Something about Surtex always makes me feel like I'm falling down the rabbit's hole. It takes me a while to righten myself, dust my ric-racked apron off, and find the elixir that's going to get me back to "normal".
Here are some photos from my three days of bliss, business and exhaustion.
You would think two years of Surtex-ness would prep me for the sparseness of these 8' walls, but somehow I'm always a bit shocked. Look how white they are?! Are they always this big!?
I had the big guns step up in force this year. My set up was as painless as possible, that being said, it still hurt ;) Here's Tim pounding grommets into my vinyl banners. He made them shower curtain-y for me! Mind = blown.
Sean cut the mass of foam core that went under the art that lined the walls that went up on the booth that ... I sat in for three days with a line of people who came and came and came to help.
Also, I would have cried and pulled my hair out and then collapsed in a heep of tears and wailing if they hadn't been there... I never really go into this show well rested or rational. Haha.
During the show I had friends come by and take their turn chatting and helping in the booth. I try as hard as I can to keep people in the booth with me. For practicality reasons it makes sure that when the booth fills up with people I can be talking to potential clients and not lose other people. It allows me to focus on market needs and tailored expectation for each person I'm speaking with. I don't get that 'one bird in the hand' look on my face because I know everything's being tended to by my friends.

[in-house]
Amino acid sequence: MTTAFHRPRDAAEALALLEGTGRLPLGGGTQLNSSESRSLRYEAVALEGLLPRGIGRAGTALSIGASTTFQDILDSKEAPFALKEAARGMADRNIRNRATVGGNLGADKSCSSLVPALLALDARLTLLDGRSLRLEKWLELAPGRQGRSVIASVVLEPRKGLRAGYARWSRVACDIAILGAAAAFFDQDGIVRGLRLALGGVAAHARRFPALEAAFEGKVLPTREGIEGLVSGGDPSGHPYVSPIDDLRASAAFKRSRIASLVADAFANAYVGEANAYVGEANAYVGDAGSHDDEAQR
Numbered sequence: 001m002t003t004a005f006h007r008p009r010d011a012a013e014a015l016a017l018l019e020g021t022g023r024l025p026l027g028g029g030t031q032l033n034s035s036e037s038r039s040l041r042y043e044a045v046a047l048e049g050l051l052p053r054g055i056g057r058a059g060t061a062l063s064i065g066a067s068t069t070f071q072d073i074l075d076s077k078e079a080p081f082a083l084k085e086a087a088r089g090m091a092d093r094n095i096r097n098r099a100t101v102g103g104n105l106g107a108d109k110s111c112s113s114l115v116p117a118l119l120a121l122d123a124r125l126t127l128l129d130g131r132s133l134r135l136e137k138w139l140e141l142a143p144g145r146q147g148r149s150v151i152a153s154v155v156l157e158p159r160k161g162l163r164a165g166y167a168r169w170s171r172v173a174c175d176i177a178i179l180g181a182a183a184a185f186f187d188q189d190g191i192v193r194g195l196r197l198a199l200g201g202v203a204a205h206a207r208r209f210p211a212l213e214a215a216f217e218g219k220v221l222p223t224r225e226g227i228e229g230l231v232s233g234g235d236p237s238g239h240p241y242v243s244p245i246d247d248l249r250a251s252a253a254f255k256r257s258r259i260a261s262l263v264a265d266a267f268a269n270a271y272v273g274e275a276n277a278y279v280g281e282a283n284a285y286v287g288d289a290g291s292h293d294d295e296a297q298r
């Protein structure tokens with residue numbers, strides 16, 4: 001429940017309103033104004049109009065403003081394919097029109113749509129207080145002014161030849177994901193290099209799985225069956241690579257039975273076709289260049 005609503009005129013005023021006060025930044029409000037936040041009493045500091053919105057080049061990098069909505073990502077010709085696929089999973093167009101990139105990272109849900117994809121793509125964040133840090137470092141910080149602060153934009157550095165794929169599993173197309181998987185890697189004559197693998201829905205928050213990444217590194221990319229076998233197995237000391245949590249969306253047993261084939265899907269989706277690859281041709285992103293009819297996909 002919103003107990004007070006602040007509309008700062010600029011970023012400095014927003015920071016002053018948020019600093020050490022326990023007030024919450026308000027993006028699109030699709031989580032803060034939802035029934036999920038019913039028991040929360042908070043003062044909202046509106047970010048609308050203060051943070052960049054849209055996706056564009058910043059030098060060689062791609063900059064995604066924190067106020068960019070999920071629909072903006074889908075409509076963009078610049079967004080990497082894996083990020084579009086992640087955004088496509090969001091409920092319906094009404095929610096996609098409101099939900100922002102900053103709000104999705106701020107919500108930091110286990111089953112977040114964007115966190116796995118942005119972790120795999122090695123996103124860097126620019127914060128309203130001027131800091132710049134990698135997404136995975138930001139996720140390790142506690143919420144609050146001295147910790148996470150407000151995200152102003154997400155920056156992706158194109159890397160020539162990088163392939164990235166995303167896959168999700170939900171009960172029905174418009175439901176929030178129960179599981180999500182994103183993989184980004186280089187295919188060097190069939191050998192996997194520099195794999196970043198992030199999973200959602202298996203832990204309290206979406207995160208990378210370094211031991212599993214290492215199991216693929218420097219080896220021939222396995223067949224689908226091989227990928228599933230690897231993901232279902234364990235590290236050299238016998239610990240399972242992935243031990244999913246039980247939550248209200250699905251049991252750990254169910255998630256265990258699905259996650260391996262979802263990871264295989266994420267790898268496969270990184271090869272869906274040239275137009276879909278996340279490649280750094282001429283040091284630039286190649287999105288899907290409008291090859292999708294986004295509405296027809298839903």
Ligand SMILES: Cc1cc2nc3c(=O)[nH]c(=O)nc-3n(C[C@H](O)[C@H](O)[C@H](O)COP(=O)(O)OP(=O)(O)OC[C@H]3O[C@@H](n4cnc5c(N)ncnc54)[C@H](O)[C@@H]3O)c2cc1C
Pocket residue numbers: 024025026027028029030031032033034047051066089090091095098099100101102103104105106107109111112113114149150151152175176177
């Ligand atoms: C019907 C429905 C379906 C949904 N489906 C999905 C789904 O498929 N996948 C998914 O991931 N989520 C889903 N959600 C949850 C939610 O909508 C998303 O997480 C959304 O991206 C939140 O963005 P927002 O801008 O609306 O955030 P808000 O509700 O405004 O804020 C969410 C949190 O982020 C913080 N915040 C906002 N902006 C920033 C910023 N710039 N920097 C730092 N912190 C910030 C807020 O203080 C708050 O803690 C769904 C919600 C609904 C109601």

Much of the knowledge I learned at Harrold's Square has helped in my approach at trade shows. I don't force people to talk to me. I let them take things in and then come to me in their own time. By keeping the booth high energy by making sure I'm not staring at them like a vulture they usually get very involved in the art before they get involved with me, and afterall, the art's the thing. I have friends that I get to catch up with after my typical month long hibernation in my art studio prepping for the show, and I don't make anyone feel like they are being hunted. I'm busy having fun and they can be part of it, if they just step into the booth. Of course, these are the things Surtex attendance by a Brooklynite affords. Lucky Ducky.
This year I owe cookies and a trip on the Yacht to Rachel, Jenny, Tess, Keith, Valerie, Ashton, Tim, Breanne, Sean, Jen, Julian, Scott, Annie, Ashley, Myra, Grace and my Dad.
Dad flew out courtesy of my kid brother, Ashton, an airline benefit boy of wonder, who showed up for break down with Keith and Tess on the last day of the show. Here Tess and Ashton are working the system. They appear to be working like sweat shop children but in actuallity I discovered upon closer examination that they are in fact playing Bananagrams. This was the last day of the show, which was quiet as a mouse and afterall, Bananagrams is the greatest game of all time, so who can blame them? Not I. Especially when they contributed to the easiest break down, EVER. Three cheers for helping hands.
This year was sooooo awesome. I felt like there were less people at the show but that the people who were there were decision makers ready to wrap things up as soon as possible. There were way less people asking me to send samples so they could show them to their art director and teams and more people saying 'I'm the art director, and I want that --->"
So that's a tickle me pink occasion.
Yay for friends! Yay for family! Yay for art! Yay for cool new people to work with!
Just like that a year of planning and anticipation is over and like, my pal Jay-Z says, it's "on to the next one! ON TO THE NEXT ONE!"